adding it to the second gives + = , so that = . Replacing with in the second equation gives = . The

solution to this system of equations is (, , ).

Exercise 5 (6 minutes)

Find the equation of the form = + + whose graph passes through the points (, ), (, ), and (, ).

Students may need help getting started on Exercise 5. A graph of the points may help.

6=++

MP.7

20 = 9 + 3 +

15 = 4 2 +

Ask students to explain where the three equations came from. Then have them use the technique from Example 1 to

solve this system.

Have students use a graphing utility to plot = 2 2 + 5 along with the original three points to confirm their

answer.

334

This work is licensed under a

This work is derived from Eureka Math and licensed by Great Minds. 2015 Great Minds. eureka-math.org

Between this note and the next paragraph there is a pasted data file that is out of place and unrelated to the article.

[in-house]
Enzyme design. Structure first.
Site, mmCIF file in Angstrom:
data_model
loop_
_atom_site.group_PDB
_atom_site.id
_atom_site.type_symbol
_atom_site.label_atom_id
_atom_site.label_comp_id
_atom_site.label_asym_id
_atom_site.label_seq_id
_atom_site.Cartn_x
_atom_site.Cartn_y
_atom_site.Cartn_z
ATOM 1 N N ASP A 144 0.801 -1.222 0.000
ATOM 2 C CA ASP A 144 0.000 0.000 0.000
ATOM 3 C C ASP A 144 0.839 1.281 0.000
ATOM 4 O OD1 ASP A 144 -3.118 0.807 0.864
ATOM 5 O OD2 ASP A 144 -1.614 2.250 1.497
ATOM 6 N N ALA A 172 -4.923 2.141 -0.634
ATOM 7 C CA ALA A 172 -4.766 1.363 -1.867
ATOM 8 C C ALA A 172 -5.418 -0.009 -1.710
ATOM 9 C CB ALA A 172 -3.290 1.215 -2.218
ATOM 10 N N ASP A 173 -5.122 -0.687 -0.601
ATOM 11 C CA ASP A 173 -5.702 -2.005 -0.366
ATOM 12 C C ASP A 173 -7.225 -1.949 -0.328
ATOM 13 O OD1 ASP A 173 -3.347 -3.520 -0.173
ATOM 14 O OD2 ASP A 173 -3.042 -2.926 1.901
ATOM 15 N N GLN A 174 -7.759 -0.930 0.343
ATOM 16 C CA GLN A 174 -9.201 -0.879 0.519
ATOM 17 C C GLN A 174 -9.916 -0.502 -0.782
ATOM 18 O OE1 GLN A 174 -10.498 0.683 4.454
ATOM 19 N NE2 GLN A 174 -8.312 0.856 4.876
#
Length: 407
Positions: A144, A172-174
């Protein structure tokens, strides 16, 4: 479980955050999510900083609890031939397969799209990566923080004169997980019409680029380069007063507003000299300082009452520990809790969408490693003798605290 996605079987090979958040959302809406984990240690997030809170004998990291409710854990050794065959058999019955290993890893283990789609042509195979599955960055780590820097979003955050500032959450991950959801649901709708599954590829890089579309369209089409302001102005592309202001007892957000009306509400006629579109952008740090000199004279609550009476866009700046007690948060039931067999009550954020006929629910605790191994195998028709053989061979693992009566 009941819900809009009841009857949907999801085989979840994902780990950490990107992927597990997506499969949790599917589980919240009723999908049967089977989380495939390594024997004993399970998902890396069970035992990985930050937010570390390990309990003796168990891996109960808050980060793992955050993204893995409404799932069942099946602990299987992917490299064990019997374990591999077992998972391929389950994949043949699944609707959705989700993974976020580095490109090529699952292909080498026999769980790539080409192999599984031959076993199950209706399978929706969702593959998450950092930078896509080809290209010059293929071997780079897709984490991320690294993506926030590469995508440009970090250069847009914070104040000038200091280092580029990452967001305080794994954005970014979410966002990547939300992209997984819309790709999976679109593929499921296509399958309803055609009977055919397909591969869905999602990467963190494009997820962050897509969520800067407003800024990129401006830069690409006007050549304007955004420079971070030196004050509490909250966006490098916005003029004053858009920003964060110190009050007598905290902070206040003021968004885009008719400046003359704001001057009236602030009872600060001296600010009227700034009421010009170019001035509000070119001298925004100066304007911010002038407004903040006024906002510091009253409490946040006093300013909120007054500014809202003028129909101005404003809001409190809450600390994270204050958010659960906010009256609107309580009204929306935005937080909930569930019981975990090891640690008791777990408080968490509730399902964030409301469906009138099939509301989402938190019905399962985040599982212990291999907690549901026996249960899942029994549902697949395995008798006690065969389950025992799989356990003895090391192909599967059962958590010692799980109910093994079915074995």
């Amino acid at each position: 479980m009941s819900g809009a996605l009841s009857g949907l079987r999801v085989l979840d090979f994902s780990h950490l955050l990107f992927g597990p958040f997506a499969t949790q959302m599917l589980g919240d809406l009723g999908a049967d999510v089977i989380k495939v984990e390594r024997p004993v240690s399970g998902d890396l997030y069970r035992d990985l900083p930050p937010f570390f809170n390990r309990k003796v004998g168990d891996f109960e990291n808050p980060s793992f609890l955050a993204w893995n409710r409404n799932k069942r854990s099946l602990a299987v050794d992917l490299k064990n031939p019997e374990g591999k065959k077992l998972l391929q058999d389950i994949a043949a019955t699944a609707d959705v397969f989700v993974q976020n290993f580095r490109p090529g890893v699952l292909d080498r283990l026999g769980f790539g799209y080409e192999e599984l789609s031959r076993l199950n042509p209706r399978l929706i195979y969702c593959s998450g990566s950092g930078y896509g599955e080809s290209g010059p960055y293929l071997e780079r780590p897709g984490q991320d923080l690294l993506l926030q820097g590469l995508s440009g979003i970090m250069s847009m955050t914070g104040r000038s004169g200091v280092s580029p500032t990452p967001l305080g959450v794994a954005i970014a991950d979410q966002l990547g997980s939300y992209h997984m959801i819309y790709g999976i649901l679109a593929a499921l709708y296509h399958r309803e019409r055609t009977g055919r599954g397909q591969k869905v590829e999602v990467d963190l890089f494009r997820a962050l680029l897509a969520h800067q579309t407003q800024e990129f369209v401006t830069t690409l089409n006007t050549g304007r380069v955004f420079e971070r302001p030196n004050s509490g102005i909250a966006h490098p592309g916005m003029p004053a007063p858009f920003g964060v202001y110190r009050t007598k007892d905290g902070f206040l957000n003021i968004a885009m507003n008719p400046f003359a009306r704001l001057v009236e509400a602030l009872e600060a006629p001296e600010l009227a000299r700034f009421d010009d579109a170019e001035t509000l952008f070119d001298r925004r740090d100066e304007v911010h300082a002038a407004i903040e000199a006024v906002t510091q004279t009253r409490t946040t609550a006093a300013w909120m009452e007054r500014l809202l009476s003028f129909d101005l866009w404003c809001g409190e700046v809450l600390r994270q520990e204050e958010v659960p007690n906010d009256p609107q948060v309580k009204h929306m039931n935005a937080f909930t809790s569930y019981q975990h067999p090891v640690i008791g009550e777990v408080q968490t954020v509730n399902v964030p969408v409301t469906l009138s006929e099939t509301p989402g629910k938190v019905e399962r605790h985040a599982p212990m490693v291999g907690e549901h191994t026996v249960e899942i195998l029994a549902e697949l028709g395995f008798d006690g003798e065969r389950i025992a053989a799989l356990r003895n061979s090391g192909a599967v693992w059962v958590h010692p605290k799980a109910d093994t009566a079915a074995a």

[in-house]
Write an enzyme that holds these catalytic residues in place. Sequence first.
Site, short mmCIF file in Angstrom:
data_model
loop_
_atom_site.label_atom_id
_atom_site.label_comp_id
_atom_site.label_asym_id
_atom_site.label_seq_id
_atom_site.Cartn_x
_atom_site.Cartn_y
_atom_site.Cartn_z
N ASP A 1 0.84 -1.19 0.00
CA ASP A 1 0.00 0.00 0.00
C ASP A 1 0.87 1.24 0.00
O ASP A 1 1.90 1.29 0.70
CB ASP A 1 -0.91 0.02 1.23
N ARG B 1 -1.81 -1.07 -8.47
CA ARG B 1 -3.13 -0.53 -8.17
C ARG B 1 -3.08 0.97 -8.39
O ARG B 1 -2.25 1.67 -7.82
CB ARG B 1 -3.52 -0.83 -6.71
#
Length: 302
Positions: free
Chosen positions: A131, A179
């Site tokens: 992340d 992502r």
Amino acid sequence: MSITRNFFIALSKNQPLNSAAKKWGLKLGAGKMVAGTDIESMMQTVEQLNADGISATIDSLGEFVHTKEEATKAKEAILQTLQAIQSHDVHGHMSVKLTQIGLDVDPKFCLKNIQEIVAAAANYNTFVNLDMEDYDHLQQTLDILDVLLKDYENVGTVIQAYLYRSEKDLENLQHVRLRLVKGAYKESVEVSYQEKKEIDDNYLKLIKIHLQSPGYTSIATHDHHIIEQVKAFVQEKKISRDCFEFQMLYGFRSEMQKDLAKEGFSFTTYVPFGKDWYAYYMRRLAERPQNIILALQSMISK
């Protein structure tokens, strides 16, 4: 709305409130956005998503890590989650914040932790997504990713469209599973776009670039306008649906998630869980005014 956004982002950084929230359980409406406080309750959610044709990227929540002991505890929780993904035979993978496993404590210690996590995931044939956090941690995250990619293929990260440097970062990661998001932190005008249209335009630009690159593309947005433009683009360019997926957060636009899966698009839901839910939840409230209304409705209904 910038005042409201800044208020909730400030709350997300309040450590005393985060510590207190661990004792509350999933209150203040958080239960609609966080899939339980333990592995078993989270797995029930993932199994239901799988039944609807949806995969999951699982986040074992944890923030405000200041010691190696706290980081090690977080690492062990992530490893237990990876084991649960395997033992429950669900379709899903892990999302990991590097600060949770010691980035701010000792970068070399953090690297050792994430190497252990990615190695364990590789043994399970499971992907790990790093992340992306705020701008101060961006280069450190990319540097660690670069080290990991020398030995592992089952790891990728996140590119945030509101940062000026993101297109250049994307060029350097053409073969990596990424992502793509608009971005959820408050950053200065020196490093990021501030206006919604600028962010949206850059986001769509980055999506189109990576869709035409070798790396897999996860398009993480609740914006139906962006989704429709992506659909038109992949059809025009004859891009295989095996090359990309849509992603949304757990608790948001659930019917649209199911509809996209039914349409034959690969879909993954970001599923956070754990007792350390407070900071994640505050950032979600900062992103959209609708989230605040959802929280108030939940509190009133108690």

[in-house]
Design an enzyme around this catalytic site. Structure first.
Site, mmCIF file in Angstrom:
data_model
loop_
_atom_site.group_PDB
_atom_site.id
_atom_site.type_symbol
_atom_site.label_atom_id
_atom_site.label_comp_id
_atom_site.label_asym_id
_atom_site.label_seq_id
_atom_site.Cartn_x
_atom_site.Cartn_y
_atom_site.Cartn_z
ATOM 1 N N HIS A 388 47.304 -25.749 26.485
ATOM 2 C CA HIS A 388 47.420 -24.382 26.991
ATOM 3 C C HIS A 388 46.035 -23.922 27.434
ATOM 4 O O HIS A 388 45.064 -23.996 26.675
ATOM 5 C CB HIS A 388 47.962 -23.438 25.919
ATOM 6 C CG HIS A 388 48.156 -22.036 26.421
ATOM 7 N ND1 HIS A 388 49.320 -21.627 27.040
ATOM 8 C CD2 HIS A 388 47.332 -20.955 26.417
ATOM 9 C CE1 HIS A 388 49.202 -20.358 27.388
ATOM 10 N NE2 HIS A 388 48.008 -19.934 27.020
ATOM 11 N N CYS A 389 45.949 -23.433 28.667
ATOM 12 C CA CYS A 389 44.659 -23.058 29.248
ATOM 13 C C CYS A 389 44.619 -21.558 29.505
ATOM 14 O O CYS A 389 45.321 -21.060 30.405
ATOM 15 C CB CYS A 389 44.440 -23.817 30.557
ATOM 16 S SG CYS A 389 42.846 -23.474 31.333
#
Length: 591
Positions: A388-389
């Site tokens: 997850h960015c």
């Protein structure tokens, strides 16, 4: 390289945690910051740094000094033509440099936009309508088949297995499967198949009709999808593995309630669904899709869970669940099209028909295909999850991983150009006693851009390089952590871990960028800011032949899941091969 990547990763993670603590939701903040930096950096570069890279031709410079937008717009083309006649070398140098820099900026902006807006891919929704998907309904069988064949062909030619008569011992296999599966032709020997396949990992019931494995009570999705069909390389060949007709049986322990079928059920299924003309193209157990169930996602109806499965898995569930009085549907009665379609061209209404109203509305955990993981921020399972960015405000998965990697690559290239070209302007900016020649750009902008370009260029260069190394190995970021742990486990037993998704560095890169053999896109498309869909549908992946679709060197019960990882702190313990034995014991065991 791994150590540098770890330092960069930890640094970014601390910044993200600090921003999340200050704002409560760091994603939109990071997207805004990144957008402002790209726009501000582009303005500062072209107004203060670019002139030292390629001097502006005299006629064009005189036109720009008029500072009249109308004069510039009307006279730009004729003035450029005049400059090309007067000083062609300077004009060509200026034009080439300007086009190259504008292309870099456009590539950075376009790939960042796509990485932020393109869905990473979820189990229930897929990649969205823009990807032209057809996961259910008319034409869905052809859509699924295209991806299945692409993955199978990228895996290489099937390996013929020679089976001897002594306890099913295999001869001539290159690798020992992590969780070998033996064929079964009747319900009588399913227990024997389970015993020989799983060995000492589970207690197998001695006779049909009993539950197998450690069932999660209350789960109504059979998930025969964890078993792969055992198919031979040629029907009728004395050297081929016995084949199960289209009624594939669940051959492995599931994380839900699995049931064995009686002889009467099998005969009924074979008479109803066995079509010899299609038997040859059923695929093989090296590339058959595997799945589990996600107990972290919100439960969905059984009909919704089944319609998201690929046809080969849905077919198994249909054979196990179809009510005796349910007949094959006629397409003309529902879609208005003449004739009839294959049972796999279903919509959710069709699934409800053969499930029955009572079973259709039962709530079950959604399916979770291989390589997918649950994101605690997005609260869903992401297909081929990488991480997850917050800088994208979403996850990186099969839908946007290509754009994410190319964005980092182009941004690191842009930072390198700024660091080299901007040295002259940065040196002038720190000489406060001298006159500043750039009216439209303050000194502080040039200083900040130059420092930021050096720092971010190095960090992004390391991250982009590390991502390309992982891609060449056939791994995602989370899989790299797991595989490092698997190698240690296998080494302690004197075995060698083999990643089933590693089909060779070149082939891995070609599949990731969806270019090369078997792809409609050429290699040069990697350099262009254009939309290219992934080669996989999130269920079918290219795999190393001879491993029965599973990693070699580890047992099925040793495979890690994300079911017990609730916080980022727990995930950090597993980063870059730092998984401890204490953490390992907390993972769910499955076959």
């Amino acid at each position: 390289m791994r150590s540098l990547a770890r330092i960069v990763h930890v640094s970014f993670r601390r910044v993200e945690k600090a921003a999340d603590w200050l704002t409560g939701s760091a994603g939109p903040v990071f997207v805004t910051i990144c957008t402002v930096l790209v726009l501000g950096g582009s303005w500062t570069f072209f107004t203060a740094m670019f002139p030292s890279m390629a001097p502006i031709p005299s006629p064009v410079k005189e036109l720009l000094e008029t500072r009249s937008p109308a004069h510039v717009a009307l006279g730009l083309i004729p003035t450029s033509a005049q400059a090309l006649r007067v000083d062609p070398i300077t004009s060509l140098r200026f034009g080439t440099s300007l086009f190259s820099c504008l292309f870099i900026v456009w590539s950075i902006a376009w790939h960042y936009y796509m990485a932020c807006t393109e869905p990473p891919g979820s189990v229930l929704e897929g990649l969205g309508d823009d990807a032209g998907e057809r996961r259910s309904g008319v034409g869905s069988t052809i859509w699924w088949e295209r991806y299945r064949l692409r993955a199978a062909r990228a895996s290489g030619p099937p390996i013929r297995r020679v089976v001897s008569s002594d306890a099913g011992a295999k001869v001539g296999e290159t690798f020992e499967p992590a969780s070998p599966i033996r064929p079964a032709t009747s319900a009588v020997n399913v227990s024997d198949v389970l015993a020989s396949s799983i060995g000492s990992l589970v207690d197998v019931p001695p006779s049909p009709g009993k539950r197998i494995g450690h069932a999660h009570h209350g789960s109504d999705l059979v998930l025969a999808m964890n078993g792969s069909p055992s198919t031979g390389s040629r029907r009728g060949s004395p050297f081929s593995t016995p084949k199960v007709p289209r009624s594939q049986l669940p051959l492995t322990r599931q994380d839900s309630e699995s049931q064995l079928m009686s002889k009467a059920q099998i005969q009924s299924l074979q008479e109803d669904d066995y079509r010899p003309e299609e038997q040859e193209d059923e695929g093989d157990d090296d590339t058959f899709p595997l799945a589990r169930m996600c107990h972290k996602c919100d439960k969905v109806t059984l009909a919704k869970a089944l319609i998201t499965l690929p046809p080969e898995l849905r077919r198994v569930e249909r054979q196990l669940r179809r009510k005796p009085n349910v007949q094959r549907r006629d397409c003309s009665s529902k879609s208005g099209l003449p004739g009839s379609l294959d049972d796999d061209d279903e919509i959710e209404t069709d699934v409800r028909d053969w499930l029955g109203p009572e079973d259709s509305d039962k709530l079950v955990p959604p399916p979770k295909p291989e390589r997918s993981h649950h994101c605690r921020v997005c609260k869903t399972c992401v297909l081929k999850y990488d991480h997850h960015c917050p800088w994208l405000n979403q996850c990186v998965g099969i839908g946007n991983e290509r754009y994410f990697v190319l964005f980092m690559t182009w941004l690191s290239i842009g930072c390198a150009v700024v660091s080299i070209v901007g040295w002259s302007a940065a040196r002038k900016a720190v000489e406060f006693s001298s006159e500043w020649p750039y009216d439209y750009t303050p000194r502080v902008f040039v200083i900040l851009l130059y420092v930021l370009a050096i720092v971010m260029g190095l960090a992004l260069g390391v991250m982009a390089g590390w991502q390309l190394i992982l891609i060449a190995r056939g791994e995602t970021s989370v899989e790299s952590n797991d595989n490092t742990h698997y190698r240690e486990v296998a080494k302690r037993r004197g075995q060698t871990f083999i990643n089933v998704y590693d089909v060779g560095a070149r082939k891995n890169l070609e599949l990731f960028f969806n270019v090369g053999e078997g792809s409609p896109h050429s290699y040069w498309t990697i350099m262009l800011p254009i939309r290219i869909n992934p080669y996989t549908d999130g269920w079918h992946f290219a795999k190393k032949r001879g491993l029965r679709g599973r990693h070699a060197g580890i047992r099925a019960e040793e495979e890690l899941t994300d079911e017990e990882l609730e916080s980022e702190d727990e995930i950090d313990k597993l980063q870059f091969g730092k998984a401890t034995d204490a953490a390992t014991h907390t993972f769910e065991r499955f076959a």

This file derived from ALG II-M1-TE-1.3.0-07.2015 Creative Commons Attribution-NonCommercial-ShareAlike 3.0 Unported License.

NYS COMMON CORE MATHEMATICS CURRICULUM Lesson 30 M1

ALGEBRA II

Closing (2 minutes)

Weve seen that in order to find a single solution to a system of equations in two variables, we need to have

two equations, and in order to find a single solution to a system of equations in three variables, we need to

have three equations. How many equations do you expect we will need to find a single solution to a system of

equations in four variables? What about five variables?

It seems that we will need four equations in four variables to find a single solution, and that we will

need five equations in five variables to find a single solution.

335

This work is licensed under a

This work is derived from Eureka Math and licensed by Great Minds. 2015 Great Minds. eureka-math.org

This file derived from ALG II-M1-TE-1.3.0-07.2015 Creative Commons Attribution-NonCommercial-ShareAlike 3.0 Unported License.